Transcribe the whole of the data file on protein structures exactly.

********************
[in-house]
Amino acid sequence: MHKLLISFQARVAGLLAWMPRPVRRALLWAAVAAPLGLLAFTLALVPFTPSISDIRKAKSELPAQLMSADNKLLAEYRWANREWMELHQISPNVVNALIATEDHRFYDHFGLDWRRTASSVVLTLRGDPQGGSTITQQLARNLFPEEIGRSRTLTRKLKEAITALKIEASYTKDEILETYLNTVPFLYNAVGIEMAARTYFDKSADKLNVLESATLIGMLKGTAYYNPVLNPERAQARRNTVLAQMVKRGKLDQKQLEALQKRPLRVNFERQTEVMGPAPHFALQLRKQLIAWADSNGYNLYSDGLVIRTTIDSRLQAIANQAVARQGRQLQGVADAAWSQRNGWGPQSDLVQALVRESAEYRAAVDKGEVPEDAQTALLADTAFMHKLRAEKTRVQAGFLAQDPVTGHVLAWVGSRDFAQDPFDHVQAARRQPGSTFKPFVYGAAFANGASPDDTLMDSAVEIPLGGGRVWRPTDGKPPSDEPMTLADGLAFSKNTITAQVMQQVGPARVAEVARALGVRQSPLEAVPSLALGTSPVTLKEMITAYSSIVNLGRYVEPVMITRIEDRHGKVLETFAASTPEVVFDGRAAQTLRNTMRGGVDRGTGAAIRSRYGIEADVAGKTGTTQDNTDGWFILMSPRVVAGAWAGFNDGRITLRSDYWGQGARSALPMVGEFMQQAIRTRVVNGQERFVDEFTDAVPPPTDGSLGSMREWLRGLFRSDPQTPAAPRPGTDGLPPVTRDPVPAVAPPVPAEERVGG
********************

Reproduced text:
[in-house]
Amino acid sequence: MHKLLISFQARVAGLLAWMPRPVRRALLWAAVAAPLGLLAFTLALVPFTPSISDIRKAKSELPAQLMSADNKLLAEYRWANREWMELHQISPNVVNALIATEDHRFYDHFGLDWRRTASSVVLTLRGDPQGGSTITQQLARNLFPEEIGRSRTLTRKLKEAITALKIEASYTKDEILETYLNTVPFLYNAVGIEMAARTYFDKSADKLNVLESATLIGMLKGTAYYNPVLNPERAQARRNTVLAQMVKRGKLDQKQLEALQKRPLRVNFERQTEVMGPAPHFALQLRKQLIAWADSNGYNLYSDGLVIRTTIDSRLQAIANQAVARQGRQLQGVADAAWSQRNGWGPQSDLVQALVRESAEYRAAVDKGEVPEDAQTALLADTAFMHKLRAEKTRVQAGFLAQDPVTGHVLAWVGSRDFAQDPFDHVQAARRQPGSTFKPFVYGAAFANGASPDDTLMDSAVEIPLGGGRVWRPTDGKPPSDEPMTLADGLAFSKNTITAQVMQQVGPARVAEVARALGVRQSPLEAVPSLALGTSPVTLKEMITAYSSIVNLGRYVEPVMITRIEDRHGKVLETFAASTPEVVFDGRAAQTLRNTMRGGVDRGTGAAIRSRYGIEADVAGKTGTTQDNTDGWFILMSPRVVAGAWAGFNDGRITLRSDYWGQGARSALPMVGEFMQQAIRTRVVNGQERFVDEFTDAVPPPTDGSLGSMREWLRGLFRSDPQTPAAPRPGTDGLPPVTRDPVPAVAPPVPAEERVGG